Wednesday, October 6, 2010

Panorama of the Kingdom

I wanted to share this photo with you because it is something I painstakingly spent hours creating it.  This is an eleven photo panorama of the top of a field filled with cows near our hunting camp.  I call it "Panorama of the Kingdom."

If you click on this photo you can view it MUCH larger!

Panorama's are just another facet of photography that I am beginning to experiment with.  That's what I love about photography... there is ALWAYS something new to discover and experiment with.  I don't think I could ever find an end to this hobby.  

How I made this panorama (in Photoshop).
  1. Facing away from the sun (for even exposure in the photos) I stood still and  panned my surroundings snapping photos at roughly the same level. 
  2. When snapping photos make sure you overlap a little in each photo.  This is key when it comes to piecing the images together.  You don't want any gaps in your scene!
  3. Load all your images into photoshop.
  4. Create a new, blank image (file-new) that is very large.  You'll want the dimensions to be about 2x higher than your individual photo size and as wide as your individual photo multiplied by the number of photos you have (for example... If you have 5 photos and each photo is 4000 pixels wide you'll create the new image 20,000 pixels wide)
  5. Copy and paste each individual photo onto your new blank image you just created.  It helps to sort of line them up when you paste them into the big image together.  You'll also notice when you past them into the big image that each piece of the panorama is an individual layer.  Hint - paste your images in left to right (or right to left) so that your layers will be numbered in the order as they appear. It makes lining things up and editing so much easier!
  6. Go through the painstaking process of lining up every individual photo.  You'll probably notice it is virtually impossible to make every aspect line up perfectly.  I usually use the horizon as my guide point.  The rest can be fixed later.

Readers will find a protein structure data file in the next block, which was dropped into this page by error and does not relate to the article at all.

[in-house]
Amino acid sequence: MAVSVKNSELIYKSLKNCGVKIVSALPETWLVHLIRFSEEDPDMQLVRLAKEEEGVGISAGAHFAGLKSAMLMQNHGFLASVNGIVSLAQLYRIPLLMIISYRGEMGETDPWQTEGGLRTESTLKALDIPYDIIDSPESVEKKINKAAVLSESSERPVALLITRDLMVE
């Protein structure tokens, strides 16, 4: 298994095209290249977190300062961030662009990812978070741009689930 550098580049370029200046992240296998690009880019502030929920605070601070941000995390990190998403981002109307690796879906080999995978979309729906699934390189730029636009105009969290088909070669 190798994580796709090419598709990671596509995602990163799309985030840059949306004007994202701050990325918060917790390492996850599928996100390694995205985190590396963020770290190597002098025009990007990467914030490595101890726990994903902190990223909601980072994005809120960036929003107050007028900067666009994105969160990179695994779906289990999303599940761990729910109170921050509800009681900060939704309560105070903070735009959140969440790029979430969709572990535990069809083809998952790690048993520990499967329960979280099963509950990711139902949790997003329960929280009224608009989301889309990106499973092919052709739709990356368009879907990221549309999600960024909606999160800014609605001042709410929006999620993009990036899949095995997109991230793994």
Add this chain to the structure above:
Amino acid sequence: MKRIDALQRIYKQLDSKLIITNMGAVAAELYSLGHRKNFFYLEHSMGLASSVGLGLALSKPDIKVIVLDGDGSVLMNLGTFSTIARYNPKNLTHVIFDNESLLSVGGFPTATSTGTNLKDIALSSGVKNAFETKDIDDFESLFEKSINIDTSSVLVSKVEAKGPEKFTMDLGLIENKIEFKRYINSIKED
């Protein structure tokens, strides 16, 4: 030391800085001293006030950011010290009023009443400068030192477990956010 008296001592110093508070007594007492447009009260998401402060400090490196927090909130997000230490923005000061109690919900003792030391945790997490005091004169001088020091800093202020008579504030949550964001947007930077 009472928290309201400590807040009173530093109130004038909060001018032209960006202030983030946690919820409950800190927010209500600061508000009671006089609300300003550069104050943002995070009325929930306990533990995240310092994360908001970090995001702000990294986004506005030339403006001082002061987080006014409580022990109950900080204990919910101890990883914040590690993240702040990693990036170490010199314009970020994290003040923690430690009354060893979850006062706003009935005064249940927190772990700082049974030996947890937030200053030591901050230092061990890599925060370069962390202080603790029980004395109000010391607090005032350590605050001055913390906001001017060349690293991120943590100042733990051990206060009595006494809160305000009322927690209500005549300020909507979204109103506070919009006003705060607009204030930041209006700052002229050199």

7. If you notice an image in the panorama is darker/lighter than the others create a layer mask and adjust that layer individually.
  8. Crop the entire panorama so its nice and rectangular.  This is where if some photos are lower/higher than others you just even the edges out.  This panorama was at a diagonal looking down a hill, but I just cropped it at an angle to make it appear flat.
  9. For blending and lining up the parts that just don't match there is probably a better way to fix it than this, but what I did was carefully (and painstakingly) use the clone tool to blend the photos together.  
  10. Flatten the entire image -- right click on the background layer and select flatten.
  11. Edit the panorama just like any other photo now. 
  12. Don't forget... this photo will be HUGE.

Now doesn't that seem like quite a process?  I can't wait to try and tackle some more scenes that my camera can't seem to capture in just one single photo.  The possibilities are virtually endless.  Oh, and my husband is actually in this photo!  Did you spot him?

If you'd like to purchase the above panorama send an email to jenhannux(at)hotmail(dot)com
It is available in a large printed/mounted size.


  1. Nicely done Jen, great tutorial! It is so awesome to experiment and you do such a great job explaining how you do it!

  2. Very cool! Thanks for the tutorial! Will it work in PS Elements?? I am assuming you are talking about the full blown Photoshop.

  3. I actually do not have PS Elements and really have zero experience with it, but I imagine that you probably COULD do this since its pretty basic things you are doing... copy, paste, crop. Give it a whirl and let me know!

  4. Why not use something like ?

  5. Because I have never heard of that before! You are awesome. Thank you! I always appreciate new things like that. I'm going to see if that shortens my twelve steps of editing.


I love and appreciate all comments! If you have a question please ask away and I will certainly reply.